Even though specific market and non-market mechanisms are not explicitly defined, the document include the possibility to embark on voluntary cooperative approaches that “involve the use of internationally transferred mitigation outcomes towards nationally determined contributions, promote sustainable development and ensure environmental integrity and transparency”.


Concerning adaptation, the agreement establishes “the global goal on adaptation of enhancing adaptive capacity, strengthening resilience and reducing vulnerability to climate change”. It recognizes adaptation efforts of developing countries and asks parties to “engage in an adaptation planning process”, and says that countries should “submit and update periodically” adaptation communications.

Loss  & Damage

The importance of addressing and minimizing Loss & Damage managed to enter the text separate from adaptation in article 8. However, as strongly required by the US, the implementing decision clearly states that it “does not involve or provide a basis for any liability or compensation”.


Developed countries will continue to “provide financial resources to assist developing countries”, with the aim of achieving a “balance between adaptation and mitigation”. Other Parties are encouraged to provide further support voluntarily. Even if not included in the agreement itself, the document states that “prior to 2025” the Conference of the Parties “shall set a new collective quantified goal from a floor of USD 100 billion per year”.

Review of contributions

As for the review process that also caused a lot of debate, middle ground was found in a “facilitative dialogue” to start in 2018 “to take stock of the collective efforts of Parties in relation to progress towards the long-term goal” and “to inform the preparation of nationally determined contributions”. Afterword, first global stocktake will take place in 2023 for all Parties to the Paris Agreement, and “every five years thereafter”, with the aim to inform Parties in updating and enhancing countries’, nationally determined, actions. The process will consider progress on both mitigation and adaptation as well as the means of implementation and support.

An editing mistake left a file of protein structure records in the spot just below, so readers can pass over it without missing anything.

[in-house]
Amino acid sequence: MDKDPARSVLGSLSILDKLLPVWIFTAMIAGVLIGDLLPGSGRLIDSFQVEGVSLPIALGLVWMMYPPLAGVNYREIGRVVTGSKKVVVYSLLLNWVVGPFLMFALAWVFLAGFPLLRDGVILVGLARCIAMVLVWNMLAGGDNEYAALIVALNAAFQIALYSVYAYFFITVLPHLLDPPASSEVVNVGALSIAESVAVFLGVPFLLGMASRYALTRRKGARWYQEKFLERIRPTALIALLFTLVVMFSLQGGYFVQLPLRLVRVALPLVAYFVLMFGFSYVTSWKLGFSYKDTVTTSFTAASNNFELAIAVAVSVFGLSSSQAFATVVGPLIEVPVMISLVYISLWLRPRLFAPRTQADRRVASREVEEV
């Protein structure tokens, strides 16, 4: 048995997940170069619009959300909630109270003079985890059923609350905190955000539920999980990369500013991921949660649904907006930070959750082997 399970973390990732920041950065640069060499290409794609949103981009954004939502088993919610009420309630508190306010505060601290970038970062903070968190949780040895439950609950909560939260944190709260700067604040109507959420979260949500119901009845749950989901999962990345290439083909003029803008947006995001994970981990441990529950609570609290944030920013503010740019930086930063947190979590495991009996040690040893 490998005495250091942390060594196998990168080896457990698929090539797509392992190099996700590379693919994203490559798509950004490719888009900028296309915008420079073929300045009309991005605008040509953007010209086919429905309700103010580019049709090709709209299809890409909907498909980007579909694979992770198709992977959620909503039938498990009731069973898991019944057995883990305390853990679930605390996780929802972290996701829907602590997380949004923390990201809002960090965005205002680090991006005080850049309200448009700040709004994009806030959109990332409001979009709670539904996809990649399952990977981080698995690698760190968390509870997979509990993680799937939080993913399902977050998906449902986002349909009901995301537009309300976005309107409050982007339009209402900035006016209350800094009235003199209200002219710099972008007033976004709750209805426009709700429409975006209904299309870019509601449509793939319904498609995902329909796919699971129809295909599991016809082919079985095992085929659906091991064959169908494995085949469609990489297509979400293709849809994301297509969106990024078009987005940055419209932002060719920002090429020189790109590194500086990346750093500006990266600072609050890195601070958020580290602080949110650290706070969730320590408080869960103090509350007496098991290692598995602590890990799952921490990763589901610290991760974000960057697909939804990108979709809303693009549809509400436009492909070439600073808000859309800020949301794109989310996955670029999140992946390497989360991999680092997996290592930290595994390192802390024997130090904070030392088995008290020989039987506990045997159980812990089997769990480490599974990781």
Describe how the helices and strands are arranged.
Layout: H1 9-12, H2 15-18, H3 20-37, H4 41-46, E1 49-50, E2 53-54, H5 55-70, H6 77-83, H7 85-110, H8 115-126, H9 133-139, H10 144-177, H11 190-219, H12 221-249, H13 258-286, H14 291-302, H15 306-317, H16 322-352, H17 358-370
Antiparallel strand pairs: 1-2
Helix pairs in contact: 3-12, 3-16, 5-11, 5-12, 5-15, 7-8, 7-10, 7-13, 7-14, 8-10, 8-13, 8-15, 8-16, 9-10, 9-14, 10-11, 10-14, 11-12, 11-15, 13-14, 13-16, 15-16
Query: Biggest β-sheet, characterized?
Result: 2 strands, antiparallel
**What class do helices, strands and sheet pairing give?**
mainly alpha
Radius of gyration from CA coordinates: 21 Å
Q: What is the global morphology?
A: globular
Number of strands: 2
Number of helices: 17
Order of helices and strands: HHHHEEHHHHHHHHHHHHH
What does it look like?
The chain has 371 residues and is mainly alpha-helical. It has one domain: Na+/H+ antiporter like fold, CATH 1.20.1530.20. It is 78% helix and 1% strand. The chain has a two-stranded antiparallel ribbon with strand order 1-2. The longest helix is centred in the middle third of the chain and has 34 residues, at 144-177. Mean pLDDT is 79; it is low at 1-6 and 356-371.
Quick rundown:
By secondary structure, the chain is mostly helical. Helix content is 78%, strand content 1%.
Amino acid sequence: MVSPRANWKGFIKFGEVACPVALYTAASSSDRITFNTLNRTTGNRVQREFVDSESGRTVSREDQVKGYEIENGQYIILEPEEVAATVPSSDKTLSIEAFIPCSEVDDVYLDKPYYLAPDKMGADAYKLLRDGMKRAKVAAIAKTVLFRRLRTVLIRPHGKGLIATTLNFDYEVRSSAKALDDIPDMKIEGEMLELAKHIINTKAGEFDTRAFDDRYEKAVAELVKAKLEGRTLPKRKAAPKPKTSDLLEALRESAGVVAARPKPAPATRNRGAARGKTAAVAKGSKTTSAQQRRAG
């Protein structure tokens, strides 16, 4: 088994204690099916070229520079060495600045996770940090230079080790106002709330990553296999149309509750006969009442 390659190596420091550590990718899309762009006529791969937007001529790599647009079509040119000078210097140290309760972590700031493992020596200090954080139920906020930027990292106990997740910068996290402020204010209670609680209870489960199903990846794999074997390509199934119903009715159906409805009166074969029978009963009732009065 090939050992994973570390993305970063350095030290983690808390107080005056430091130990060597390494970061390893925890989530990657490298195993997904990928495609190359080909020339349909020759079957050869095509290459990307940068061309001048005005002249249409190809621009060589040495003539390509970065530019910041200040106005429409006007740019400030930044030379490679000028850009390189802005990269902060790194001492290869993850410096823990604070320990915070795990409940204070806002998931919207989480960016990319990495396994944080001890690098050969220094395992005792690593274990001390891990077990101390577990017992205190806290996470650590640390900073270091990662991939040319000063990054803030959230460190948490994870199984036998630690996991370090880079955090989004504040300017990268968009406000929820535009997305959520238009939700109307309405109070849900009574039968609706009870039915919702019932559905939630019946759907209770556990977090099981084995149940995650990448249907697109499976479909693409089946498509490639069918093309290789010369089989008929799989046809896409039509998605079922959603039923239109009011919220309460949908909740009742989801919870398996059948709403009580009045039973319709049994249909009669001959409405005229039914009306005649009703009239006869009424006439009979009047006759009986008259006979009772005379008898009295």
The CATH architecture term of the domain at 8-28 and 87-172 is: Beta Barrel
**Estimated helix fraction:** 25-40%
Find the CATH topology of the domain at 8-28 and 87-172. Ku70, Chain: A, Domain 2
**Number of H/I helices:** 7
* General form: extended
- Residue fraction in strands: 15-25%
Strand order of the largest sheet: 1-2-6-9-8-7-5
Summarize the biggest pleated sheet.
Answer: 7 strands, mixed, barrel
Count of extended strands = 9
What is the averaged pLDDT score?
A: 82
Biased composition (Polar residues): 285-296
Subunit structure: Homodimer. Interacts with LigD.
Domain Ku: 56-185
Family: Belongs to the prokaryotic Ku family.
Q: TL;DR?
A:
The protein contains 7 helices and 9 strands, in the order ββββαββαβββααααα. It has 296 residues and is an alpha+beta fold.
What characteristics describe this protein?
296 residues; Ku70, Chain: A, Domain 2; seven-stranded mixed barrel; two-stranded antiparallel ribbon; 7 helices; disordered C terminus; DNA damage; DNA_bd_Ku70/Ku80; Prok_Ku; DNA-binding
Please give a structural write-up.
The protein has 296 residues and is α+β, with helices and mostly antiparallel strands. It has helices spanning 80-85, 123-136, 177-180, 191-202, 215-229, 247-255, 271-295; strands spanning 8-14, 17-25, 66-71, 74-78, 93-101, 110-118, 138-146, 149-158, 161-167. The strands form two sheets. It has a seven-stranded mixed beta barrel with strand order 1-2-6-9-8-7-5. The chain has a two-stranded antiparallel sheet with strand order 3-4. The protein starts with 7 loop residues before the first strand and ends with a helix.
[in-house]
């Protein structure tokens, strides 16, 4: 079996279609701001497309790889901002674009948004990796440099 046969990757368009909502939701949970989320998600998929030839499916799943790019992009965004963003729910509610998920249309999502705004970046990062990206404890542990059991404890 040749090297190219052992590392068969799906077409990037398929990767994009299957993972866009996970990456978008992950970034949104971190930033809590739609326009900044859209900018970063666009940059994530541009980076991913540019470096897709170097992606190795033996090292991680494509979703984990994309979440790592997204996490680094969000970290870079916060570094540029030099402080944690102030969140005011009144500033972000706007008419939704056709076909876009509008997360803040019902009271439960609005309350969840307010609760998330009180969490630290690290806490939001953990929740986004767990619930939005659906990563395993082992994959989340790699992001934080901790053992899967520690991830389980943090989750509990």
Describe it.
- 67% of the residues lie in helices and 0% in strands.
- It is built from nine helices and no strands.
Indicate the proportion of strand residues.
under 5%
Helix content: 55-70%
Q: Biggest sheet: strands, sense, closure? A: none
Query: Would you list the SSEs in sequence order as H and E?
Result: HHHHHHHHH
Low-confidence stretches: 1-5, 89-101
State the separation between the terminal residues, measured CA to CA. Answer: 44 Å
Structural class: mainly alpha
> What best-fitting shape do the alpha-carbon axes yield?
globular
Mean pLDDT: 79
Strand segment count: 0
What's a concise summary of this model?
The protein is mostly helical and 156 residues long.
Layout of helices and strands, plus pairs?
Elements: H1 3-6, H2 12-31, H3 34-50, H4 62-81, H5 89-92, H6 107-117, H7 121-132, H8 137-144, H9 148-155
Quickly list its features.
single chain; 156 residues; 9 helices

Entry into force

Lowering requirements included in the previous drafts, the agreement will enter into force after at least 55 parties, accounting for at least 55% of global emissions have ratified it, as it was for the Kyoto Protocol’s enforcement.

Soon after the adoption, satisfaction about the historical agreement reached in Paris was expressed by Parties as well as by the French President and UNFCCC Secretary Christian Figueres.

Overall, countries’ Ministers remarked the crucial leading role played by the COP Presidency in guiding the work, the cooperative atmosphere and constructive and transparent spirit as well as the fact that this agreement reflects a true compromise even though further efforts are needed to clarify some critical issues. In the words of US Secretary of State John Kerry, “the agreement is not perfect, it is exactly how it should be” to reflect compromise. The only country that stood out from the crowd was Nicaragua that complained for the lack of differentiation and coherence between the 1.5°C objective and the current proposed INDCs. As pointed out by most of the countries, however, the agreement represents a solid foundation to allow the national governments to cooperate in the future towards more ambitious commitments, but it is only a first step. The real challenge is implementation and starts tomorrow.

(Image: Laurence Tubiana, Christiana Figueres and Laurent Fabius welcoming the adoption of the agreement, December 12th, 2015, Paris. Photo credit:UNclimatechange/Flickr)